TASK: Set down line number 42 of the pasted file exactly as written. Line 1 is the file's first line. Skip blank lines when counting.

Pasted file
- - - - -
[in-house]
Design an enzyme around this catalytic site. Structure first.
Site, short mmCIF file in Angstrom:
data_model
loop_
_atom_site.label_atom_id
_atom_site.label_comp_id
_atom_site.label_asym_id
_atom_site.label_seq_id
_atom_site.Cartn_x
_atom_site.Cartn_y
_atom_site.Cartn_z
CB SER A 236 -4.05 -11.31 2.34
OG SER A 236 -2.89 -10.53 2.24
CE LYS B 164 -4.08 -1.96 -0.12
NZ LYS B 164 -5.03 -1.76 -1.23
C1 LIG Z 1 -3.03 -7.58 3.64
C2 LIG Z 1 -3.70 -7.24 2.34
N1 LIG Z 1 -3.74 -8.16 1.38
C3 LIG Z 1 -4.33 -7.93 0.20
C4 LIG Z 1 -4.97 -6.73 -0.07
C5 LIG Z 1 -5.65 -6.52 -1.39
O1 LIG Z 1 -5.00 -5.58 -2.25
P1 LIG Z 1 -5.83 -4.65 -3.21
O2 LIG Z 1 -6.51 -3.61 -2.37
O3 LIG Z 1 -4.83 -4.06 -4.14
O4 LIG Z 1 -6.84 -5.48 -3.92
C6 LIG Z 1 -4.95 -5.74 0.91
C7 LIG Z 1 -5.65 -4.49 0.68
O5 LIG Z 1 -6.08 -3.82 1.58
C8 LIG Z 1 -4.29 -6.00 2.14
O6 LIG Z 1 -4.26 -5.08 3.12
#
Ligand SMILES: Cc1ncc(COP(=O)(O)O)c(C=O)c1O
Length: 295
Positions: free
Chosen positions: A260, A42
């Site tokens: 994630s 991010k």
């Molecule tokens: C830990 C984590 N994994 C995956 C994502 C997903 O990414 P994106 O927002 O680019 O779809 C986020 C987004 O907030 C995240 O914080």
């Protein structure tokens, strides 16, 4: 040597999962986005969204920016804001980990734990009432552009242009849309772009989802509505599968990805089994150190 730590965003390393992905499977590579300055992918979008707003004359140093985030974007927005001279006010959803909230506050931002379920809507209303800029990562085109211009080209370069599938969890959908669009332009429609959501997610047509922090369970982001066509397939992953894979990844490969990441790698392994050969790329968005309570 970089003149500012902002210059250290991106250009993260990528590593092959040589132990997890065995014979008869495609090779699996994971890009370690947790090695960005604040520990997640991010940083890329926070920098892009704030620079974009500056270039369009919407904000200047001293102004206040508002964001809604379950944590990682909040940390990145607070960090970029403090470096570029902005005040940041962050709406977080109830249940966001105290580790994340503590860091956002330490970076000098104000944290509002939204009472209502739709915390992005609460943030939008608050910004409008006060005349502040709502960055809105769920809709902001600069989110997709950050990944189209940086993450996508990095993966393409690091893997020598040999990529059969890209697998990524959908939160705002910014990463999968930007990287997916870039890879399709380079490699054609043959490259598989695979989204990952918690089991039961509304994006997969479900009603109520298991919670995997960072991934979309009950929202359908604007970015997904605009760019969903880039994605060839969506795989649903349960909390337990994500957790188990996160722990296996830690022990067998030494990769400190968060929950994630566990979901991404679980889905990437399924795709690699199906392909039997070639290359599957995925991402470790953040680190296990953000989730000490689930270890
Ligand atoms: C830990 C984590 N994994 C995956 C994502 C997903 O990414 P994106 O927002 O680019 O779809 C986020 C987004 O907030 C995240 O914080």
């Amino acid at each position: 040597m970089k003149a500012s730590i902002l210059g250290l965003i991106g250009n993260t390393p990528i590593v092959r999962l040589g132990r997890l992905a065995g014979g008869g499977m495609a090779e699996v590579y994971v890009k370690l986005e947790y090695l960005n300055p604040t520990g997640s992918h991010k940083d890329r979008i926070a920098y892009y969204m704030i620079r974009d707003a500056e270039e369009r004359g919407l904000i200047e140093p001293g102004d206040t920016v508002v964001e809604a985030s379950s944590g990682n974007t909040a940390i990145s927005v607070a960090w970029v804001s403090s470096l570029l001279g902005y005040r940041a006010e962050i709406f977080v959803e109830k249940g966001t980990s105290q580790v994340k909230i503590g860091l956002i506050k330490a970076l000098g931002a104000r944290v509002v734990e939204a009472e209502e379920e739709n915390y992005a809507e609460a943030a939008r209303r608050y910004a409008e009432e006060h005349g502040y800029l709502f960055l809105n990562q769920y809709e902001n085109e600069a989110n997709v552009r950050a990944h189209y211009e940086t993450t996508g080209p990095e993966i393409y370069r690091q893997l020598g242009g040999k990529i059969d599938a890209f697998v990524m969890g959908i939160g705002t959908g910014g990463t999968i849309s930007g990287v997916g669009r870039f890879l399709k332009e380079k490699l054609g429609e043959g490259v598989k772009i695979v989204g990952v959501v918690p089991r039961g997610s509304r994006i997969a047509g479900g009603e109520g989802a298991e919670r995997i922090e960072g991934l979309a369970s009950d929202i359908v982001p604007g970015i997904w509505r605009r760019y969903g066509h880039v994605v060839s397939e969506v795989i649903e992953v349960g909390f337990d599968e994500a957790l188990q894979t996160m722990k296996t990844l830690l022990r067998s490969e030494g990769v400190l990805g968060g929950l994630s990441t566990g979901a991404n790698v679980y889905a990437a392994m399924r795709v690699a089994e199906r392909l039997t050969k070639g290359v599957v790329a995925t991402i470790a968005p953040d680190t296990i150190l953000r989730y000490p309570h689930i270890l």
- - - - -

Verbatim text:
């Amino acid at each position: 040597m970089k003149a500012s730590i902002l210059g250290l965003i991106g250009n993260t390393p990528i590593v092959r999962l040589g132990r997890l992905a065995g014979g008869g499977m495609a090779e699996v590579y994971v890009k370690l986005e947790y090695l960005n300055p604040t520990g997640s992918h991010k940083d890329r979008i926070a920098y892009y969204m704030i620079r974009d707003a500056e270039e369009r004359g919407l904000i200047e140093p001293g102004d206040t920016v508002v964001e809604a985030s379950s944590g990682n974007t909040a940390i990145s927005v607070a960090w970029v804001s403090s470096l570029l001279g902005y005040r940041a006010e962050i709406f977080v959803e109830k249940g966001t980990s105290q580790v994340k909230i503590g860091l956002i506050k330490a970076l000098g931002a104000r944290v509002v734990e939204a009472e209502e379920e739709n915390y992005a809507e609460a943030a939008r209303r608050y910004a409008e009432e006060h005349g502040y800029l709502f960055l809105n990562q769920y809709e902001n085109e600069a989110n997709v552009r950050a990944h189209y211009e940086t993450t996508g080209p990095e993966i393409y370069r690091q893997l020598g242009g040999k990529i059969d599938a890209f697998v990524m969890g959908i939160g705002t959908g910014g990463t999968i849309s930007g990287v997916g669009r870039f890879l399709k332009e380079k490699l054609g429609e043959g490259v598989k772009i695979v989204g990952v959501v918690p089991r039961g997610s509304r994006i997969a047509g479900g009603e109520g989802a298991e919670r995997i922090e960072g991934l979309a369970s009950d929202i359908v982001p604007g970015i997904w509505r605009r760019y969903g066509h880039v994605v060839s397939e969506v795989i649903e992953v349960g909390f337990d599968e994500a957790l188990q894979t996160m722990k296996t990844l830690l022990r067998s490969e030494g990769v400190l990805g968060g929950l994630s990441t566990g979901a991404n790698v679980y889905a990437a392994m399924r795709v690699a089994e199906r392909l039997t050969k070639g290359v599957v790329a995925t991402i470790a968005p953040d680190t296990i150190l953000r989730y000490p309570h689930i270890l």